Why The Government Was Wrong To Abolish The Film Council

I love you. I also love KFC. But this isn’t about my easy gratitude to readers of this site for giving me affirmation on my life or the amazing Colonel and his wonderful chicken, grease, salt combination, this is about the UK Film Council and its sad, premature demise.


Some of you may not know what the UKFC does. Some of you may know but not care. Some will be glad to see the back of, what some considered, an overly bureaucratic way of making movies. Some will already know and care deeply enough to have joined the Save The UKFC site) and filled in the petition.

For those that do not know, I’ll try to explain. For those that don’t care, I’ll try and persuade you that you should. For those glad it’s gone, maybe I can flip your opinion. For those signed up, well I’m preaching to the choir. But I do like to preach.

The UKFC was set up in the year 2000 to help develop and promote the film industry in the UK. “What film industry?” I hear the naysayers cry, but in ten years the UK Film Council has funded films as diverse as, Adulthood, Bend it like Beckham, Bright Star, The Constant Gardener, Fish Tank, Gosford Park, Happy-Go-Lucky, In the Loop, The Last King of Scotland, Man on Wire, Nowhere Boy, Red Road, St Trinian’s, This is England, Touching the Void, Vera Drake and The Wind That Shakes the Barley. Sure you don’t like them all, but I bet that at least one of these films has moved you in some way.

Then there’s the strange business decision of removing what is essentially a small business model that works and creates jobs. Check out the ‘notes to the editor’ section of the UKFC’s own site to show how the figures stack up. It made a staggering return of £5 on every £1 of lottery funding. Since 2001, UK films now account for 23% of the UK Box office, up an unbelievable 92%. Were figures like this just not available to the Department for Culture, Media and Sport before they decided to demolish it?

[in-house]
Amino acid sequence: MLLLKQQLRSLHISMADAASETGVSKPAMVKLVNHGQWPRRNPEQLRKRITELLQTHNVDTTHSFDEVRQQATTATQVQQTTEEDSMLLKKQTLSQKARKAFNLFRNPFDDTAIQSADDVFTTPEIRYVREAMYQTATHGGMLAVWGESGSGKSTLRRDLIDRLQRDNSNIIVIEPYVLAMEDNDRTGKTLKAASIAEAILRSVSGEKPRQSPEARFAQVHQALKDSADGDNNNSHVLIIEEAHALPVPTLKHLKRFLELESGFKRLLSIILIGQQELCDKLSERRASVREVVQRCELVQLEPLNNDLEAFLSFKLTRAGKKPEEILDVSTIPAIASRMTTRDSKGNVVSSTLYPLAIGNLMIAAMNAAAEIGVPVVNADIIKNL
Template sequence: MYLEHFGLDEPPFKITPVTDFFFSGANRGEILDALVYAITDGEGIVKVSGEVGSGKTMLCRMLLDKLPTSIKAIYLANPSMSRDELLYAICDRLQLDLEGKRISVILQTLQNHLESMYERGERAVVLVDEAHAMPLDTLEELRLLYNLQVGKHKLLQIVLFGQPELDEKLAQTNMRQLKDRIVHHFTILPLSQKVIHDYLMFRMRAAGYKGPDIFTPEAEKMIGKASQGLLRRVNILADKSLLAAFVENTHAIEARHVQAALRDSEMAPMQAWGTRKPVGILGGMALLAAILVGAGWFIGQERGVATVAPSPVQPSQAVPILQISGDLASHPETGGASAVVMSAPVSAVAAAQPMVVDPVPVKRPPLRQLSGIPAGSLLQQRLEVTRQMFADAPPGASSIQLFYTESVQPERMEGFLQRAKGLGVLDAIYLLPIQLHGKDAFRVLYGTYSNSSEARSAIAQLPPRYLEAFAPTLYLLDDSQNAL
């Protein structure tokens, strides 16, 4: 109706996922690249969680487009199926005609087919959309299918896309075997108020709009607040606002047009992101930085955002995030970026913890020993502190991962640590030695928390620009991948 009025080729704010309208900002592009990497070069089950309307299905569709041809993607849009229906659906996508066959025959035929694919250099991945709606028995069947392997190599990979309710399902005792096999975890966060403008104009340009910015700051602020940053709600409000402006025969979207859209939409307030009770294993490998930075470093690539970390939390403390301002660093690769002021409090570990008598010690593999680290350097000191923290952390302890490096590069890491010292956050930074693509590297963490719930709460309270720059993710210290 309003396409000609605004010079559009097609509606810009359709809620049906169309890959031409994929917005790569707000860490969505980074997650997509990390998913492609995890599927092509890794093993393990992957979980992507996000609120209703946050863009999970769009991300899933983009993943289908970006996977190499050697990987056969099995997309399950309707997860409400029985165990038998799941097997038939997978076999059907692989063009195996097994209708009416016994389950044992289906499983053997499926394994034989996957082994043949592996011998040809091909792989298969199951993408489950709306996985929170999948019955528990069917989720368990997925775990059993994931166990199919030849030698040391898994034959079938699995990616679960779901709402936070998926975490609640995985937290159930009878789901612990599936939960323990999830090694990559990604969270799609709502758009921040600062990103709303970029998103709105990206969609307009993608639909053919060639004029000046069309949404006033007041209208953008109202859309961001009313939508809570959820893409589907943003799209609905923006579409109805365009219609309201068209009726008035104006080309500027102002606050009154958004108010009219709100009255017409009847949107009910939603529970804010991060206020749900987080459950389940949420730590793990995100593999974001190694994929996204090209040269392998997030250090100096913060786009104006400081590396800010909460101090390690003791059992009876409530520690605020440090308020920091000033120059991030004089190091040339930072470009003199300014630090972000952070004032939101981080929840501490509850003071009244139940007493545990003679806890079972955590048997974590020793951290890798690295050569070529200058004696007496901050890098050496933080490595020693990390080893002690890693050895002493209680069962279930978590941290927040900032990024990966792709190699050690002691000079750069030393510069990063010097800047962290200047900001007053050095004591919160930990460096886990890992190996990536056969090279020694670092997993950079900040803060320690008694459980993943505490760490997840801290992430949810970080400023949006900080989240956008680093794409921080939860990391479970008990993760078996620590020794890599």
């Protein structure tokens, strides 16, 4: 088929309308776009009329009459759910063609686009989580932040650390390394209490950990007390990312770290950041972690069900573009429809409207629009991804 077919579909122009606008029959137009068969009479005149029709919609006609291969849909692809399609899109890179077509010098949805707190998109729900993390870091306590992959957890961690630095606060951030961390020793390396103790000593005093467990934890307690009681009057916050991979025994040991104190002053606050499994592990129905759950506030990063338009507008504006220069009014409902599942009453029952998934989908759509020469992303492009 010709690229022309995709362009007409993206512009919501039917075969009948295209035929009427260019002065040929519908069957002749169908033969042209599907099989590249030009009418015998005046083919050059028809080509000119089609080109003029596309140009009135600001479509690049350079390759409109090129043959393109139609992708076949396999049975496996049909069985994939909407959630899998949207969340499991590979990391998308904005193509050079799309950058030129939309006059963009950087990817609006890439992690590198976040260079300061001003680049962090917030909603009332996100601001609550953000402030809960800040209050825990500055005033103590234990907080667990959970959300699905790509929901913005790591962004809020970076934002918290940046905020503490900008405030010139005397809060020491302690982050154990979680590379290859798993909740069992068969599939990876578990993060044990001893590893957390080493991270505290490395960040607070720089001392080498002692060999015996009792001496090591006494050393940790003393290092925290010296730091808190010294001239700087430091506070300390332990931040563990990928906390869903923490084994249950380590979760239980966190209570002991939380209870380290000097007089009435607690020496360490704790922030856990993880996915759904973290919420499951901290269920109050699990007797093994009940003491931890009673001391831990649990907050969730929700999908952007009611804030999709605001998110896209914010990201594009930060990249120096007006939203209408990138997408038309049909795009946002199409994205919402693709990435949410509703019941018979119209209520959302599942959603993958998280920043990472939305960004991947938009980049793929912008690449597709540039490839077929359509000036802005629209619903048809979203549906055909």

I’ve been reluctant to make this a political piece, (the UKFC was founded under Labour, removed under the ConLib coalition) but I think it’s only fair to lay some facts to back up my case. It would be easy to look to today’s announcement of £20,000,000,000 being spent on the replacement of a nuclear deterrent (is not being friends with America a deterrent enough?) and compare it to the paltry £15,000,000 a year that it costs to run the UKFC, responsible for literally thousands of jobs being created every time a film is green-lit. This argument will only open a few billion cans of worms so instead I’ll choose an easier, much clearer example of the strange nature and thoughtless immediacy of the decision to close a working, job creating part of Government funding.

On the day that the decision was announced that the UK would no longer have an arm devoted to developing and promoting it’s burgeoning movie industry, Vince Cable, the business secretary, was asked what was being done about the banks. (You remember the banks that were bailed out by our money, because rich people decided to gamble too much). In an interview where clarity was as abundant as hair on his head VC spoke of “sending clear signals” and “having business like discussions” with the banks. For an antonym of perspicuity look no further than his use of the word ‘could’ on several occasions.

But there was no ‘could’ for the UKFC. There were no discussions. Just one clear signal that in 2012 there will be no body of support for UK films. I for one, think this is a crying shame.

Owen Nicholls edits www.thisfilmison.com